Do you feel that the registrar’s auditors are unqualified or don’t have expertise in your industry? Do they refuse to respond to inquiries about questionable findings or poor service? Do you have concerns about misrepresentation, their accreditation or any other issues? If you have a grievance that hasn’t been addressed, you may complain to ANAB or the accrediting agency for your registrar, and they’ll investigate.

You are the customer
Registrars are service providers. You pay them. If they don’t fulfill your requirements, if they don’t provide good service or if you don’t get value from the audits, you have the right to transfer to another registrar. This may not always be easy and it can sometimes be expensive, depending on the terms of your contract. But it can be done. It should be done. Otherwise, you’ll continue to pay for an inferior product. You wouldn’t accept lousy raw material from your steel supplier. Why should you accept substandard service from your registrar?

Finally, if you choose to go to a new registrar, it doesn’t preclude your also filing a complaint with ANAB. You may save another company from a similar experience and help us all to preserve the integrity of our profession.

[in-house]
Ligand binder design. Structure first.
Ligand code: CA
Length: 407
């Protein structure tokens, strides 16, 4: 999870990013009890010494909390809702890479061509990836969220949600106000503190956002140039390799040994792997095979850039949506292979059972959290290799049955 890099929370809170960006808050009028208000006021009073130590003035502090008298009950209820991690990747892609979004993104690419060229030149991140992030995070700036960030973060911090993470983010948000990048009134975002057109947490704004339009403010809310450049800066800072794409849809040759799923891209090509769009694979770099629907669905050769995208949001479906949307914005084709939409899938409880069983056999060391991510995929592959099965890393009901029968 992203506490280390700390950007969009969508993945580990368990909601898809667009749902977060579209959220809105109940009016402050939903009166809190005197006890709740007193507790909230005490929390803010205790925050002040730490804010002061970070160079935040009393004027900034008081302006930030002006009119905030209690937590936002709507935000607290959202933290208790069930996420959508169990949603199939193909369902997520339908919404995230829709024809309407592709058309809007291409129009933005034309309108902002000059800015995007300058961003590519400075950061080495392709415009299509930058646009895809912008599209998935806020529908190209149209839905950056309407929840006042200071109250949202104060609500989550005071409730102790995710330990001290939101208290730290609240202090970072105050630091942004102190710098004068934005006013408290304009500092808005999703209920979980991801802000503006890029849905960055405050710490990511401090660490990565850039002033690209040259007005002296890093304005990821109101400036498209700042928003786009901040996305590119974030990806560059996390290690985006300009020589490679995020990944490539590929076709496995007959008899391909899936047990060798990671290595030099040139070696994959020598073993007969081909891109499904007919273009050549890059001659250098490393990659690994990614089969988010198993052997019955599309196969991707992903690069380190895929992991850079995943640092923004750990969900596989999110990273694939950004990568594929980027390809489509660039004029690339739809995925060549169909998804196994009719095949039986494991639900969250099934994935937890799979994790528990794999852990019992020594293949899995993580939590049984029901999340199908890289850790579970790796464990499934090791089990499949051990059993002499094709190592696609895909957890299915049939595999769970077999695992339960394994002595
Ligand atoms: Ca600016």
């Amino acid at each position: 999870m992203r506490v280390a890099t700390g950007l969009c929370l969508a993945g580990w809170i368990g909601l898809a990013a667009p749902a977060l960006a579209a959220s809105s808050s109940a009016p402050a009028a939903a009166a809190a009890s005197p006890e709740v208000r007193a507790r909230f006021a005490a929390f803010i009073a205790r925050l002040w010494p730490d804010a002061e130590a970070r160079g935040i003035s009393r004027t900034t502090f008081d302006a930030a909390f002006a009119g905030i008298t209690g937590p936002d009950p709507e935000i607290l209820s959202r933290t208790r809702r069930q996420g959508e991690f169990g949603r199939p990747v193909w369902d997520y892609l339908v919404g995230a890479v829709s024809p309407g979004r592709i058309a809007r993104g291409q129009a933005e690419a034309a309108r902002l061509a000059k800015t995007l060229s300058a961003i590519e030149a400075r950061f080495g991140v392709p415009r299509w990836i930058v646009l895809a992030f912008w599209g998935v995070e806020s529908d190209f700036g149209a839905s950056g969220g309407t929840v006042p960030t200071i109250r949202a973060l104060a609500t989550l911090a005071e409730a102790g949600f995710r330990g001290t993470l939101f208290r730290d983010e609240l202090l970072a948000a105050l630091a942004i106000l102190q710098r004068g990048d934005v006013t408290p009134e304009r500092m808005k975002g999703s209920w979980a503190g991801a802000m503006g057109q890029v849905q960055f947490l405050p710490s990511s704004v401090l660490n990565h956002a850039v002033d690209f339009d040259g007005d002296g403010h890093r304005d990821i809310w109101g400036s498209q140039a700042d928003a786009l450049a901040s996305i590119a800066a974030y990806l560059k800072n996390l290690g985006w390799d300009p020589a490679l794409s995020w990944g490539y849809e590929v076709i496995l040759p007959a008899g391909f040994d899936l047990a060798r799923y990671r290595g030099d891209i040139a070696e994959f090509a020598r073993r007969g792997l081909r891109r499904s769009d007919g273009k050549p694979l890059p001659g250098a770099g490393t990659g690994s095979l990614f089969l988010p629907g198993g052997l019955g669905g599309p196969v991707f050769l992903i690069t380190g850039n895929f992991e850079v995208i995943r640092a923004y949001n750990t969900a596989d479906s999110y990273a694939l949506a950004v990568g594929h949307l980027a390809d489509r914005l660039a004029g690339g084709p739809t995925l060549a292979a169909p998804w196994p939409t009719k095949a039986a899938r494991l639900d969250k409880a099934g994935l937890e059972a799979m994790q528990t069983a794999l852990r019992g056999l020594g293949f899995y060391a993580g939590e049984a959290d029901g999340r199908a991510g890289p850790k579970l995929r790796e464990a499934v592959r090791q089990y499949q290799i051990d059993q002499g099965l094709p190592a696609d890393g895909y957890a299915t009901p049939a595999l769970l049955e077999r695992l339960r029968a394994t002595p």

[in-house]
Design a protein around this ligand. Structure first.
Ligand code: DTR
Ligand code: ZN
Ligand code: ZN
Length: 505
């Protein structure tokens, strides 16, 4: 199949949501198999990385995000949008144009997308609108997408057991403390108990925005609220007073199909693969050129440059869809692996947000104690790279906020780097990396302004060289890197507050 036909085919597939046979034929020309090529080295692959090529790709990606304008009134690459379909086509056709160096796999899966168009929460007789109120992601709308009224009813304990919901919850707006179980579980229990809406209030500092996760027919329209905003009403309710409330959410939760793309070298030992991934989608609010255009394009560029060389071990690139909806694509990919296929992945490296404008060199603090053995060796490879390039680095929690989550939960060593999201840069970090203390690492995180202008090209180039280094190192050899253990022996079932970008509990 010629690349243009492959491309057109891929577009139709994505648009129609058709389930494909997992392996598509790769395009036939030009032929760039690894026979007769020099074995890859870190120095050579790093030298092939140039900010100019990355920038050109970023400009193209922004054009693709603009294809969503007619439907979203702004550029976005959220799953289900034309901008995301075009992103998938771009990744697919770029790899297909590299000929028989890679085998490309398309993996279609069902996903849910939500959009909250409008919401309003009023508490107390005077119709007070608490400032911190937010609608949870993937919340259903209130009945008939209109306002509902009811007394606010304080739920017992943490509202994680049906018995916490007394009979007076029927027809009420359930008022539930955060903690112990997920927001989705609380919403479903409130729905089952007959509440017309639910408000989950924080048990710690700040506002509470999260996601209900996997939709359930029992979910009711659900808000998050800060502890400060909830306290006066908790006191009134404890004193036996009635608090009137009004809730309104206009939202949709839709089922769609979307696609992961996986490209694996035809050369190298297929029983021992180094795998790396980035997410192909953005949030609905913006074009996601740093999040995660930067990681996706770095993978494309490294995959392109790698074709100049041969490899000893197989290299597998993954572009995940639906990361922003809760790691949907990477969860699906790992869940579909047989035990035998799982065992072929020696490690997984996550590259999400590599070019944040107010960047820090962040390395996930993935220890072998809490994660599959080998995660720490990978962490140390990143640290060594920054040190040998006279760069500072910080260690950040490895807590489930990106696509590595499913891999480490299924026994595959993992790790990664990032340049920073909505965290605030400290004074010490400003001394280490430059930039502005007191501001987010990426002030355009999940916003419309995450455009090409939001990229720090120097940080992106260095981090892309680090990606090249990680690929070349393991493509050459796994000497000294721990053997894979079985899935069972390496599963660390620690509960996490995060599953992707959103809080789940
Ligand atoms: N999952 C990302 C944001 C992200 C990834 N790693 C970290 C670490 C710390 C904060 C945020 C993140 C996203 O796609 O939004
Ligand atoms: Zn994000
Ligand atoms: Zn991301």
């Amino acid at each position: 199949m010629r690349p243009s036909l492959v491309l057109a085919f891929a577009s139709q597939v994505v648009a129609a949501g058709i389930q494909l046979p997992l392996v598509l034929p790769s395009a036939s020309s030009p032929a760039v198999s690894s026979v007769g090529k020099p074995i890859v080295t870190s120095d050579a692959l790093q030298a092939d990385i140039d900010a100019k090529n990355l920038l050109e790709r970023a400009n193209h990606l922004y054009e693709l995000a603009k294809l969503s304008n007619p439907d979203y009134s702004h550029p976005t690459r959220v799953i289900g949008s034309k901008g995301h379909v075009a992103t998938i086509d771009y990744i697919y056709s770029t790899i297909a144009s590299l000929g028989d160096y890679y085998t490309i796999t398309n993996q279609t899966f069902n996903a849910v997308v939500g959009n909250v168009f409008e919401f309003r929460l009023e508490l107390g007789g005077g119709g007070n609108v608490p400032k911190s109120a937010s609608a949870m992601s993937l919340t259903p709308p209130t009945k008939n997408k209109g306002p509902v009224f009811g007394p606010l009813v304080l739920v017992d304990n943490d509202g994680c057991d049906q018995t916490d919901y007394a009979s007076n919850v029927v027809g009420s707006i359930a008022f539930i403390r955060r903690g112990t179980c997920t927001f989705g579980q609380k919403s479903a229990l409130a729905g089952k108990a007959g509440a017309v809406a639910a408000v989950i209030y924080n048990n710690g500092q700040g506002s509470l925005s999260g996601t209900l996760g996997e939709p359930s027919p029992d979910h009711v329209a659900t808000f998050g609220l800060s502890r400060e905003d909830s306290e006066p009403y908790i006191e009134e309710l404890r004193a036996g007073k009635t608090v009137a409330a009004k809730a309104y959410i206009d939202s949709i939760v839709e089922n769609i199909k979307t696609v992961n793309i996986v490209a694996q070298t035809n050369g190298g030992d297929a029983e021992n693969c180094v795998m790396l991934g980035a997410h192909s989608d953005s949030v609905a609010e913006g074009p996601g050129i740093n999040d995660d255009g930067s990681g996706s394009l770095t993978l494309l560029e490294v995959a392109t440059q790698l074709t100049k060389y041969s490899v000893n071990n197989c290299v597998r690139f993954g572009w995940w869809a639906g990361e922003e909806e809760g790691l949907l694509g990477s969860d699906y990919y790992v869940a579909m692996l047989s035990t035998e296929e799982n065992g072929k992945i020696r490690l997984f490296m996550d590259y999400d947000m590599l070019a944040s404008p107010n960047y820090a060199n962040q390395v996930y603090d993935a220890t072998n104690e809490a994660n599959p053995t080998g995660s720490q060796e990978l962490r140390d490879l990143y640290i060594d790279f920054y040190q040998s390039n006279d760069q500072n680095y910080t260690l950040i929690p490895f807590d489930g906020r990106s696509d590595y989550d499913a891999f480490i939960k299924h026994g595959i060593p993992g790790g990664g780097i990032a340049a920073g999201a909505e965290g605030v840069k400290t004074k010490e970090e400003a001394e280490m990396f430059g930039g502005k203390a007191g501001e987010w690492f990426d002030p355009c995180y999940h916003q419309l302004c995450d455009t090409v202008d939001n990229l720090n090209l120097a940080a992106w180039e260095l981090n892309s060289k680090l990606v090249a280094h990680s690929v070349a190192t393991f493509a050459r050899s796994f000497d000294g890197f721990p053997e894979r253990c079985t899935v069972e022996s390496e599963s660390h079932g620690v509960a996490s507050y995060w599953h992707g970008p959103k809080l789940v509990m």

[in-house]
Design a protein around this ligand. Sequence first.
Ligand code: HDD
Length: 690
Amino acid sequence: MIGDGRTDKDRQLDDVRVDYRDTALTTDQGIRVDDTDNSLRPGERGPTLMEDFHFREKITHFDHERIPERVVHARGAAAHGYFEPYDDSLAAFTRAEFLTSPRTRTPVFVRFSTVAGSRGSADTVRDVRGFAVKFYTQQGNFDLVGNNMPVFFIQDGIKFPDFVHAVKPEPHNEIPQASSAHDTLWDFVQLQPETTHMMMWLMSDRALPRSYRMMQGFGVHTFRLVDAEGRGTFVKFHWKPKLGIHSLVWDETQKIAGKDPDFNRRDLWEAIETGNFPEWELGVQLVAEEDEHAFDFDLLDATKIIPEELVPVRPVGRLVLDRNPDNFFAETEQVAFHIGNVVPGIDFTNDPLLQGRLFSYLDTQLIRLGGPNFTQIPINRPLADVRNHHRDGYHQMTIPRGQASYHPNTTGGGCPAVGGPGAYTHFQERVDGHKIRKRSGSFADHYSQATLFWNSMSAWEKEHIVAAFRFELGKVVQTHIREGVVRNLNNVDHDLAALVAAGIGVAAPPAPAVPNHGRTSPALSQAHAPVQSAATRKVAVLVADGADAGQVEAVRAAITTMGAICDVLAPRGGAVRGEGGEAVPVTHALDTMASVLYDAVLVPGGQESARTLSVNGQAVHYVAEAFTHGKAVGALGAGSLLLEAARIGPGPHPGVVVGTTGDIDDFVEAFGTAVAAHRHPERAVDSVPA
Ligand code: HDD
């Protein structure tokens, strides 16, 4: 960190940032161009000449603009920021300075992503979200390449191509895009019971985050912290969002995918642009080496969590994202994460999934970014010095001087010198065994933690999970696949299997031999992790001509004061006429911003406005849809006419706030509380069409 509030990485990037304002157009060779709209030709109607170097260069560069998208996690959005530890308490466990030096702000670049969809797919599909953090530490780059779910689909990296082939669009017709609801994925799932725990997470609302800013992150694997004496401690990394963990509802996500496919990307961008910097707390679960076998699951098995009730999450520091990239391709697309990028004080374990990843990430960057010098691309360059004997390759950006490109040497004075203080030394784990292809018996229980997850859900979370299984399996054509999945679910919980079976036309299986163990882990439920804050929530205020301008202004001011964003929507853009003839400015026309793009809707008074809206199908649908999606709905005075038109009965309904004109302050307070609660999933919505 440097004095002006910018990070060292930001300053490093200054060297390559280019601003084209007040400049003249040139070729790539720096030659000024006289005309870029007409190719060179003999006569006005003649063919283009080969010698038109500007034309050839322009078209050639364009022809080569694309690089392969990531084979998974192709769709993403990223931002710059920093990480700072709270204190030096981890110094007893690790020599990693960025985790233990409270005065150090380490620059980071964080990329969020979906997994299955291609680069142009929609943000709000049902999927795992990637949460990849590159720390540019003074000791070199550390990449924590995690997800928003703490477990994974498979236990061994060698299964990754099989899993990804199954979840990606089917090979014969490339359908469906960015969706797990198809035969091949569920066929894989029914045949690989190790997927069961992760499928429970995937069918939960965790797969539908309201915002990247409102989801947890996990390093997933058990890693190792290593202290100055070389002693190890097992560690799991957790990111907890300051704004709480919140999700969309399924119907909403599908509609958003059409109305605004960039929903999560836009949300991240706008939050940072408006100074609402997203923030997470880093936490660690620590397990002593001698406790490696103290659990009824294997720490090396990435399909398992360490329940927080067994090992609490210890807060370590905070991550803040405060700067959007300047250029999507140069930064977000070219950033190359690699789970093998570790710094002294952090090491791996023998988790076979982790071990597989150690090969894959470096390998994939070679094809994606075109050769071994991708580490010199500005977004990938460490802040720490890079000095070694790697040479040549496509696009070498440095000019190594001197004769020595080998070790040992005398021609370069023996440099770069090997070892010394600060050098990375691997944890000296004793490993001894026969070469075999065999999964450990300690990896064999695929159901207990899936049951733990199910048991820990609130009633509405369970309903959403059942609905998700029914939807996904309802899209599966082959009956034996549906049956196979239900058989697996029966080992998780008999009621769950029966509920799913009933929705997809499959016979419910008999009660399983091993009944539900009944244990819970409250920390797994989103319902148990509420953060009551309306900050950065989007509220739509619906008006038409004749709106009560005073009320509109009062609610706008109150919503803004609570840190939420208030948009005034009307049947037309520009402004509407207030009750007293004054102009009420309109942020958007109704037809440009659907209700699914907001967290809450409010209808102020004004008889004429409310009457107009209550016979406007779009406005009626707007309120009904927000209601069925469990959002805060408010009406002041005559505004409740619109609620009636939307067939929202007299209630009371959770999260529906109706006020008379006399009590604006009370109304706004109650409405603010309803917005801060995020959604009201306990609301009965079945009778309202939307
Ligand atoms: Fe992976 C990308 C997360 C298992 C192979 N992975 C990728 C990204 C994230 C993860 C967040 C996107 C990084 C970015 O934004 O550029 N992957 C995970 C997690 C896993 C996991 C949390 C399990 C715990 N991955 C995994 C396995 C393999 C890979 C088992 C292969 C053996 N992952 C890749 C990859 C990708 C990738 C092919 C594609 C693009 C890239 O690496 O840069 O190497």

About The Author

Denise Robitaille’s picture

Denise Robitaille

Denise Robitaille is the author of thirteen books, including: ISO 9001:2015 Handbook for Small and Medium-Sized Businesses.

She is chair of PC302, the project committee responsible for the revision to ISO 19011, an active member of USTAG to ISO/TC 176 and technical expert on the working group that developed the current version of ISO 9004:2018. She has participated internationally in standards development for over 15 years. She is a globally recognized speaker and trainer. Denise is a Fellow of the American Society for Quality and an Exemplar Global certified lead assessor and an ASQ certified quality auditor.

As principal of Robitaille Associates, she has helped many companies achieve ISO 9001 registration and to improve their quality management systems. She has conducted training courses for thousands of individuals on such topics as auditing, corrective action, document control, root cause analysis, and implementing ISO 9001. Among Denise’s books are: 9 Keys to Successful Audits, The (Almost) Painless ISO 9001:2015 Transition and The Corrective Action Handbook. She is a frequent contributor to several quality periodicals.